What also doesn’t bode well is the climb up Mow Cop on Sunday which comes after only 15 miles of the Cheshire Cat. Apparently if you are simply riding a standard double chainset like me, you might as well forget it and walk up unless you have exceptionally strong legs. So not necessarily looking forward to that. Perhaps I could rendezvous with L at the bottom and she could lend me her bike, she has a triple chainset, so has lower gears. I might make it on that.

(Sorry can’t remember where I got this photo from so can’t give credit)

L’s clearly been preparing for the likely pain this might involved and has been training on what she describes as the new medieval torture devices at John Carroll Leisure Centre. They now have some stretching machines installed... I can’t even begin to picture what she means unless they really have installed a medieval rack... Suppose if it was going cheap the council would have gone for it. I must go and have a look myself.

In the evening we go to a presentation evening about going to University for Daughter’s benefit, who tries to look as disinterested as possible. Perhaps she is disinterested in which case it was a waste of time and I needn’t have given up squash to go. It is though cracking entertainment when they get around to the Q&A session with the students at the end. Brings back so many memories...

Tuesday, March 23, 2010

The Unmentionable

Tonight L and I partake in a spot of the unmentionable. Well it’s unmentionable for L anyway and I give her a lesson in the black art of changing a tyre, just in case she gets a puncture during the Cat on Sunday. Well it’s not a black art really, well not for men, who seem to instinctively know how to do it.

At dog training tonight they switch the trainers on us, which isn’t really very good form. I’ve paid for a particular trainer who I get on with and who has trained MD since he was a young pup. So I’m not best pleased when we get someone else. I’m not the only one miffed about it either. There doesn’t even appear to be any reason for it, our normal trainer is there training her own dog on the other side of the arena. Apparently they’ve had a disagreement... err... so what? That’s not very professional.

That said MD was actually rather good. He only had a few poles down, his weaves were excellent and even his tunnels were good. I had got him pencilled in for extra tunnel practice but he seems to have less of a phobia about them tonight. Ok, so his contacts weren’t that good... but you can’t have everything.

L’s still wrestling with her tyre when I get home, the fact it hasn’t been taken off for years clearly doesn’t help. She’s not happy but the wine rack is untouched, so the situation has not reached critical yet. I hope I offer helpful advice and we get it sorted. I’m sure that should the unmentionable happen, she’ll have plenty of assistance on hand, what with being a girl. Should it happen to me, I’ll be on my own with only other chaps yelling ‘good luck mate’ at me and my upturned bike, as they whizz past at 30mph.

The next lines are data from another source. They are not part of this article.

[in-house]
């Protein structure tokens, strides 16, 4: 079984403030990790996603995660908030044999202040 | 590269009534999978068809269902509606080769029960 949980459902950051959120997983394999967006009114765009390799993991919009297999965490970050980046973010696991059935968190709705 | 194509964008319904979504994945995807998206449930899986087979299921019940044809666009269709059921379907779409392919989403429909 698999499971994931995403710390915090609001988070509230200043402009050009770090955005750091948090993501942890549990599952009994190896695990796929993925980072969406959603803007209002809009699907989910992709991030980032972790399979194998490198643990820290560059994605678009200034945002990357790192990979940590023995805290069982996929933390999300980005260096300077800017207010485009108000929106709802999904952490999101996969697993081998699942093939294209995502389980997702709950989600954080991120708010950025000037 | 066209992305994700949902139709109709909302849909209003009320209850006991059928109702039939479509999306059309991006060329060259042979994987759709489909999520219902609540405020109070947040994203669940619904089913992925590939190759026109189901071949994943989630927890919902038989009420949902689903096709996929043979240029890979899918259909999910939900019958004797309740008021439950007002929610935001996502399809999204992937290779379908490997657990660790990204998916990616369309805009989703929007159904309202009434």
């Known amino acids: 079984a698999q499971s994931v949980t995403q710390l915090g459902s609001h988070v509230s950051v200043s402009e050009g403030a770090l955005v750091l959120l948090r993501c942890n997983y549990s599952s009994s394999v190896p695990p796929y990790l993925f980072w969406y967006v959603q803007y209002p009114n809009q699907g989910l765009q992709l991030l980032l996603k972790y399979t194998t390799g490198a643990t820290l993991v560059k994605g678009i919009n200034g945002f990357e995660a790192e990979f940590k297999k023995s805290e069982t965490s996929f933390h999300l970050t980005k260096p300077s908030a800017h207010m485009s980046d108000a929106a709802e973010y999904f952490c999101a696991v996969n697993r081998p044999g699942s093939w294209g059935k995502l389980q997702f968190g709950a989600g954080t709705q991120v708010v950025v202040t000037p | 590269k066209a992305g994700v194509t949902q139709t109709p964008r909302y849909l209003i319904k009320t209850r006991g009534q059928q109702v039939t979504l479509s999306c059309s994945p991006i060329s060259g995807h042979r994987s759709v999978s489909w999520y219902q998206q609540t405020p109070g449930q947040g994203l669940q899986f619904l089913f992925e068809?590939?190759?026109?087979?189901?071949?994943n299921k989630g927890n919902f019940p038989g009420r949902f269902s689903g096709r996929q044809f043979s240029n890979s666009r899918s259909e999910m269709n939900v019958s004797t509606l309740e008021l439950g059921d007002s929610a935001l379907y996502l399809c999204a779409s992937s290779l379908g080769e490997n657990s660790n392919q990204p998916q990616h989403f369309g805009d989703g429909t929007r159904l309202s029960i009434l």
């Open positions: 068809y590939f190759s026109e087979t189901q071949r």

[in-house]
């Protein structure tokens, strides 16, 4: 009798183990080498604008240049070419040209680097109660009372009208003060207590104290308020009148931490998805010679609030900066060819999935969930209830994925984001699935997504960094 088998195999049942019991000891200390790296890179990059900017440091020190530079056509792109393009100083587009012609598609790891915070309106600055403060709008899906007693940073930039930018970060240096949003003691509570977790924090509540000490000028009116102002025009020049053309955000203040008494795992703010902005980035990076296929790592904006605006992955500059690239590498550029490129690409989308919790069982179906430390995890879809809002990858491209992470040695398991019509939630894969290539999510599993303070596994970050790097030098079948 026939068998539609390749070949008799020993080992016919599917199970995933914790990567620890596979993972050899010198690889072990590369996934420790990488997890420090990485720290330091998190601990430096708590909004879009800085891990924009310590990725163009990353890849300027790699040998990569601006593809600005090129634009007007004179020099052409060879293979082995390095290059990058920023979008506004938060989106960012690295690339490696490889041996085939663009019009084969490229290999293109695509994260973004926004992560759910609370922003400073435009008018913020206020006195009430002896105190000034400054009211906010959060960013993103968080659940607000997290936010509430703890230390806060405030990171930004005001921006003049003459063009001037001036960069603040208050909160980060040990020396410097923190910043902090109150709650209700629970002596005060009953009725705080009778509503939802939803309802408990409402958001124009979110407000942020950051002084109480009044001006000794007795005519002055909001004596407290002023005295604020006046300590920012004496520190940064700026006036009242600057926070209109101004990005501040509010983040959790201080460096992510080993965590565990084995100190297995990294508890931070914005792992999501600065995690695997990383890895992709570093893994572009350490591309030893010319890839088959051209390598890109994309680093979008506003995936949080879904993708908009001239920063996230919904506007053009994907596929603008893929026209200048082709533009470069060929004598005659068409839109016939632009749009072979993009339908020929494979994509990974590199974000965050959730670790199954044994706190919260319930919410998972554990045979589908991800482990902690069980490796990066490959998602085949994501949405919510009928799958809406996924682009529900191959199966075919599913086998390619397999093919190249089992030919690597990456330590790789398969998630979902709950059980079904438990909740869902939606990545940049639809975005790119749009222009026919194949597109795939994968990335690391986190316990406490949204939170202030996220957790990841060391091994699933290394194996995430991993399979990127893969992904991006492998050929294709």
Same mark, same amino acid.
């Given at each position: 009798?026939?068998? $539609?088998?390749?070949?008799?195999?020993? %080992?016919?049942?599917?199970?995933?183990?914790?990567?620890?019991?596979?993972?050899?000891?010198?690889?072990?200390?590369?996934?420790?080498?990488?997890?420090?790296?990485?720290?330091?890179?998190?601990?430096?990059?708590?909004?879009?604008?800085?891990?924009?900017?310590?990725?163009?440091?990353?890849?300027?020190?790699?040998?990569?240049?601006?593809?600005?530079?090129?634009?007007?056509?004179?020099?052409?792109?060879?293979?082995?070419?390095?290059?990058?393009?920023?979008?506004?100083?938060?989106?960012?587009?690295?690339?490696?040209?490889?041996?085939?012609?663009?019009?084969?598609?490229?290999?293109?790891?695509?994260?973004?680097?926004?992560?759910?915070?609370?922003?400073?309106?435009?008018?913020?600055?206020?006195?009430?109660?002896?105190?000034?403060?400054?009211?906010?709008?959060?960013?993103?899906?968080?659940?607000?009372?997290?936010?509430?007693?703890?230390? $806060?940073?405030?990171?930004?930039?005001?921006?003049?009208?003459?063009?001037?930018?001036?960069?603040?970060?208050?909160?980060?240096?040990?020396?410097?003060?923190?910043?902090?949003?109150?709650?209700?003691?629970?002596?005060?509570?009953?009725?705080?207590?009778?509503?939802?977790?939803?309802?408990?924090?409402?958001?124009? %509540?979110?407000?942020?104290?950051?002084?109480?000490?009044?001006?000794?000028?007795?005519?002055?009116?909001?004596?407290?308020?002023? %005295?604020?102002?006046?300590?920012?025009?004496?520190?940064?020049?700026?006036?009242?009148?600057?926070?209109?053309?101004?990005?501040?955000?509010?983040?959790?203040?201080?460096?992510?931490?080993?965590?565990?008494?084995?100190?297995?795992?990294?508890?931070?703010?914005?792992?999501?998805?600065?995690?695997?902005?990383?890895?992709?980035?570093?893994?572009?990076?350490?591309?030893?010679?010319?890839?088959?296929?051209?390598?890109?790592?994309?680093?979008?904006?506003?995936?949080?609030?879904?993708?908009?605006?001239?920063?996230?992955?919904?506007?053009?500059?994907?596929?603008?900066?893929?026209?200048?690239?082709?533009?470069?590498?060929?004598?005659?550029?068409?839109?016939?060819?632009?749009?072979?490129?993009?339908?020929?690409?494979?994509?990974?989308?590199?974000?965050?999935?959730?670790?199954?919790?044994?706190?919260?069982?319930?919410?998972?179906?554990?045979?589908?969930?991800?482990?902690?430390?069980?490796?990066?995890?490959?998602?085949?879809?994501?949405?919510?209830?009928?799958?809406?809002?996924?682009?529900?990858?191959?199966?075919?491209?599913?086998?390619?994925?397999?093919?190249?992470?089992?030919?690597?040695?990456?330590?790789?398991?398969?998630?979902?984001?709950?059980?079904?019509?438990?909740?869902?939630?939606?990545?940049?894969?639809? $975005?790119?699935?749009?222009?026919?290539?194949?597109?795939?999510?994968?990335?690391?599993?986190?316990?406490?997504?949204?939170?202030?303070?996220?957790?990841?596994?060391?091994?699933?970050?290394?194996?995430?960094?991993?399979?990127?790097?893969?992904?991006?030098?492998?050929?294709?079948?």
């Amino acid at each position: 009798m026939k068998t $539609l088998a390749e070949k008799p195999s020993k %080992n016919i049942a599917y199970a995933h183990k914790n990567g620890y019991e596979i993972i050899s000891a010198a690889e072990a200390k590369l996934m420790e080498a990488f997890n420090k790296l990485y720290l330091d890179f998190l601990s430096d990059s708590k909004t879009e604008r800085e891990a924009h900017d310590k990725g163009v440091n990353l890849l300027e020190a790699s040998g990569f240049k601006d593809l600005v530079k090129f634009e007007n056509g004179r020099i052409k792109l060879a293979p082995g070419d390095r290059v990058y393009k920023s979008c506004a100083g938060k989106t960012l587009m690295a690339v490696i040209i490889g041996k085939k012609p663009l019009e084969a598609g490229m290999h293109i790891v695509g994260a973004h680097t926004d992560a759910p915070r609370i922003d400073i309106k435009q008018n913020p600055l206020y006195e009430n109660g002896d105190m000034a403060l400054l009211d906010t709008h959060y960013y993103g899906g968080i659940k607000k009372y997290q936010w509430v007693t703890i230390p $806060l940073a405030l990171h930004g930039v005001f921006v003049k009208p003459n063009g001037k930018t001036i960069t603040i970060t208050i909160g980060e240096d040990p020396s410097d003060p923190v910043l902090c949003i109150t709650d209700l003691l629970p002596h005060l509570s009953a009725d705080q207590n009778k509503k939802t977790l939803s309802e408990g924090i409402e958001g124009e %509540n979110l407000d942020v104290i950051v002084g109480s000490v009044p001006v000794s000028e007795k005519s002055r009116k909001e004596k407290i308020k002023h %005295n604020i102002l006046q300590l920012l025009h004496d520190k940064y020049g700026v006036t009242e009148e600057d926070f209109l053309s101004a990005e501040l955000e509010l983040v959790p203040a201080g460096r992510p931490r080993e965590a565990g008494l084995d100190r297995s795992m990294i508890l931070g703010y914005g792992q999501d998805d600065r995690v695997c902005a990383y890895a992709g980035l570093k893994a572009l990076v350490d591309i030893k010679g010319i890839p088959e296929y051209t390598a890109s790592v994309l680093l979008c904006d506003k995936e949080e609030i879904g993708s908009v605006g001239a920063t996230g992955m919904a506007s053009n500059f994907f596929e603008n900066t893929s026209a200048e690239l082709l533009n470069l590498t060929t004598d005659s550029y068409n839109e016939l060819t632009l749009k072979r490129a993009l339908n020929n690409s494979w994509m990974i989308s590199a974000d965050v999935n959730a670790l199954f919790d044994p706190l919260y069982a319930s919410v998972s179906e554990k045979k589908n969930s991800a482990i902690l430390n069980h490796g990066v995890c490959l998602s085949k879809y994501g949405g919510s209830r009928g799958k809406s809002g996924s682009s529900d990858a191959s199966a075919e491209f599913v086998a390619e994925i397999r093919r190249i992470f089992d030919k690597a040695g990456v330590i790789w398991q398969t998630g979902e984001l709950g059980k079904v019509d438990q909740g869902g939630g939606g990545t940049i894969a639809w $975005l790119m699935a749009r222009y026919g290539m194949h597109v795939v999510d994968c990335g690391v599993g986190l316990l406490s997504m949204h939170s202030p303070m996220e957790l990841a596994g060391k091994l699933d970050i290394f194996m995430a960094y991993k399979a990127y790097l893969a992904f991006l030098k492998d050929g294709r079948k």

It’s the first day of the Track Cycling World Championships from Copenhagen today. At last something to watch on TV.

Monday, March 22, 2010

Meals On Wheels

Doggo has it on him this morning. The milkman disturbs him at around 3.30am and he seems to be jittery for the rest of the night after that, keeping both L and I awake in the process. Had its benefits though. I’ll pay him in Bonios later.

I cycle in to work again, two days in a row. It’s a long time since I last did that. There’s a mega long queue in Spondon and I notice that ahead, at the lights, a cyclist is remonstrating with a van driver who is making full use of the ‘Advanced Stop Zone’ which as we all know if for the exclusive us of vans, taxis, boy racers and BMW drivers.

The cyclist seems to have misunderstood that just because they’ve painted a bike on it it’s for cyclists. The bike symbol is just for decoration I believe. I leave them to it and line up behind the van and the box with the other traffic.

In the evening it’s a rare family outing as all four of us go over to L’s parents because it’s her Mum’s birthday. In an attempt to avoid a trip to another cheap-but-not-cheerful-all-you-can-eat Chinese or similar, L cooks Lasagne and takes it round with us. Yes for the evening we have become meals on wheels.

It’s always entertaining to get the family together because the two kids banter so well together. Daughter does an excellent line in ranting, about all kinds of diverse subjects and I think she’s being serious most of the time, whereas Son has become the master of the droll one line put me down. All excellent entertainment and makes for a pleasant evening out, perhaps I should have recorded it all, it would make an excellent podcast.

Sunday, March 21, 2010

Whilst The Going Is Good

I don’t seem to have any ill effects from the weekend, all my race wounds seem to have healed themselves, so I decide that I best start my training for the Cheshire Cat Sportive, which is... err let me see... 6 days away. Loads of time. So I cycle in to work.

The results are already up on the website for Saturday’s mud fest, along with an apology "to those affected by marshals leaving their posts to deal with the major helicopter rescue incident." Hope the person concerned is ok.